The arrival of a whale in West London caused something of a stir over the weekend; possibly a pre-ordered buffet for all the Japanese tourists at Stamford Bridge, as one wag suggested to me. But after our third encounter with them this season, Charlton’s trip down the Thames proved rather more successful than that of the confused mammal. An entertaining one-all draw ended the only perfect home record in English football, although results elsewhere did little to halt our march towards a second Premier League title.
Despite dominating the first half in terms of possession, other than Gudjohnsen’s bundled effort from Duff’s corner after nineteen minutes and Lampard’s overhead goal of the season attempt, the Blues’ flaccid attack looked as though it could have done with some of the stiffening medication endorsed by the visiting Pelé. Charlton’s second half performance asked more questions than we had answers for; whilst the equaliser was a poor goal to concede, the visitors deserved a point and could have left with more had Cech not saved a low shot from the impressive Darren Ambrose late on. Jose’s post-match analysis was spot on; the suggestion that we ‘lacked intensity’ speaking volumes about a lacklustre display that proved complacency does creep in to even the most well-drilled and disciplined sides.
Whilst the absence of any credible end product in the first half was the key factor in our failure to win for the first time in forty-two games after taking the lead, the linesman’s flag and the twelve offside calls given against us certainly didn’t help; the home crowd made it clear that the whale wasn’t the only disoriented mass of blubber to be seen floundering in London this weekend. A poor show by the officials, replays proving that at least three of the decisions were incorrect. The dismissal of someone — Carvalho being eventually the arguably undeserving victim ten minutes from the final whistle — seemed almost inevitable. Two harsh red cards in the space of a week for a team that had previously received none this season arguably says more about the officials than it does the team.
On a positive note, the introduction of loan signing Maniche in the second half provided our midfield with a much-needed spark; his quick, effective passing despite an obvious lack of match fitness bodes well for the arduous run towards the end of the season. With Essien still to return and the addition of the Portuguese international, there may even be scope to give the rather jaded looking Lampard a rest.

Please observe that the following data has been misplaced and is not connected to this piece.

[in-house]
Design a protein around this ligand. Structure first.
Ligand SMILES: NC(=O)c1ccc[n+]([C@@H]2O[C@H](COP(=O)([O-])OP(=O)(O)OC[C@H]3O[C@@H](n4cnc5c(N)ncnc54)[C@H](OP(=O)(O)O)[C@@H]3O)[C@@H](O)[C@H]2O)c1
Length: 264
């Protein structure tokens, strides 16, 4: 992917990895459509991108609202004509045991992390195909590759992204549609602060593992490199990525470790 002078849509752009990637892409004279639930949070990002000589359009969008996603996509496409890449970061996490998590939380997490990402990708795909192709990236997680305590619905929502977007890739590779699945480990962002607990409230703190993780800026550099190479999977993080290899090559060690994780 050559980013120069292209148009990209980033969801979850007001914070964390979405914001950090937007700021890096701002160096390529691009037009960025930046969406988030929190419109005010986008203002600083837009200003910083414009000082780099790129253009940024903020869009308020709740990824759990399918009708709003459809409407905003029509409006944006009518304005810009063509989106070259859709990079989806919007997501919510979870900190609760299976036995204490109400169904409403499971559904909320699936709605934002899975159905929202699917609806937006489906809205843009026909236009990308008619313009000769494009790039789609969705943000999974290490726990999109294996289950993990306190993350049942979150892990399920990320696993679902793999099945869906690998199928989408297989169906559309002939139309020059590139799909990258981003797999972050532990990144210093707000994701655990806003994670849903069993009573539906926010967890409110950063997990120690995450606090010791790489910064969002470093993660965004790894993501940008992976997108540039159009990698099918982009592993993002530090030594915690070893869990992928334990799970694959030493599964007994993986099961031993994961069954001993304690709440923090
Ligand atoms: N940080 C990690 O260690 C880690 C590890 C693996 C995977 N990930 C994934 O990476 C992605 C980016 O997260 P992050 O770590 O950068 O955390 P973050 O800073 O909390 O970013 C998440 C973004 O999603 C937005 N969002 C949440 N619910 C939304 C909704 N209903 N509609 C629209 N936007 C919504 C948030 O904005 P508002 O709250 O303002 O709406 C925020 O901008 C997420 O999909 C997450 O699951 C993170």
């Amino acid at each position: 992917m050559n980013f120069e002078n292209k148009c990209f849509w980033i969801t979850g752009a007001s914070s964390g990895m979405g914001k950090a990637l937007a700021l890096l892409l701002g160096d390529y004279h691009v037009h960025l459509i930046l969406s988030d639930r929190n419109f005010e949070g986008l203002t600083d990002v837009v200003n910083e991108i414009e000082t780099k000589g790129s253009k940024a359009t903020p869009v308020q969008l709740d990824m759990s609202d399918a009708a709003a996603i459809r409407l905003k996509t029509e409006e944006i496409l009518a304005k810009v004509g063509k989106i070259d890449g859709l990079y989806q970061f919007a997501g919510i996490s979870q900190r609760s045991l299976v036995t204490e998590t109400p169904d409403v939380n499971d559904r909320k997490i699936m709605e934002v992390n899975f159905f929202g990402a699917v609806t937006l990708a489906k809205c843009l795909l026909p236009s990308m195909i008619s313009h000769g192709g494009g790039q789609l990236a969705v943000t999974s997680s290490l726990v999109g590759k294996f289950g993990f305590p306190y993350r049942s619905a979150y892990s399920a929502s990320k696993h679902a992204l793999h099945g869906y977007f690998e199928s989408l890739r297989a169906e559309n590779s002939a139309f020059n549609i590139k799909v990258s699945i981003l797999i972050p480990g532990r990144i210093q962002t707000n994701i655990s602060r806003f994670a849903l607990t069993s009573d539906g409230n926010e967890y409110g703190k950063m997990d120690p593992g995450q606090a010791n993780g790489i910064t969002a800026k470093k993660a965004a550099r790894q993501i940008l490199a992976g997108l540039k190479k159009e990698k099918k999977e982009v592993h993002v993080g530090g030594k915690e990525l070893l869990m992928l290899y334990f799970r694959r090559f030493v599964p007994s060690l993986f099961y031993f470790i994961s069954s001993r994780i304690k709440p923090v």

Charlton already look likely to be the most successful team to visit the Bridge this season; a point and a cup knockout is far more than most are likely to leave with. Alan Curbishley spoke a great deal of sense in suggesting that it was the fault of the challengers that Chelsea are so far ahead of United, Liverpool and Arsenal, but was oddly subdued about the creditable performance given by his team, possibly mindful that Charlton have gained just ten points in the league since their Carling Cup shoot-out triumph back in October. In comparison with the seven we have dropped all season, it might not be too harsh to paraphrase Old Blue Eyes in suggesting that we (almost) spill more than they drink. Curbishley’s achievements in turning Charlton from a yo-yo side into a credible Premiership team are well documented, but the difference between his mid-table men and possible UEFA Cup qualifiers like Bolton often seems to be little more than self-belief in their ability to challenge the largely mediocre looking pack outside of the top four.
With the gap at the top temporarily extended to seventeen points, the focus turned to the “Who’s second best?” clash at Old Trafford. In what can only be described as a truly dreadful game, United left it late to edge themselves to a 1-0 victory, but as with their triumph over Chelsea in November there was little on display to suggest that we should be concerned about Ferguson’s men mounting a credible assault on the Premiership summit. Much the same can also be said about Liverpool, now some eighteen points adrift albeit with two games in hand.
The officials at Old Trafford were little better than those at the Bridge earlier in the day; highly questionable tackles from both Gerrard and Sissoko and Gary Neville’s hilarious but rather OTT celebration in front of the travelling fans all going unpunished. If the latter doesn’t receive a call from the FA at some point this week, Robben’s second yellow and subsequent dismissal at Sunderland will surely look even more ridiculous in comparison. That said, a word from the FA is all it should be; the news that Greater Manchester Police have contacted both Soho Square and United is simply ridiculous.
It will be interesting to hear what Rafa Benitez has to say about Liverpool’s trip to the Bridge early next month; further optimistic proclamations about knowing how to play Chelsea will sound a little more laughable than usual given their failure to overcome the team some fourteen points behind Mourinho’s men.
Next Saturday’s fourth round FA Cup tie at Goodison Park will be a tough test; the likes of Beattie and Ferguson will provide a far more physical threat than the one offered by Charlton which we failed to deal with effectively. An excellent win against Arsenal leaves the Toffees unbeaten in all competitions since New Year’s Eve; the return of Robben will hopefully provide us with the boost we need to keep ourselves on the road to Wembley in May (builders permitting).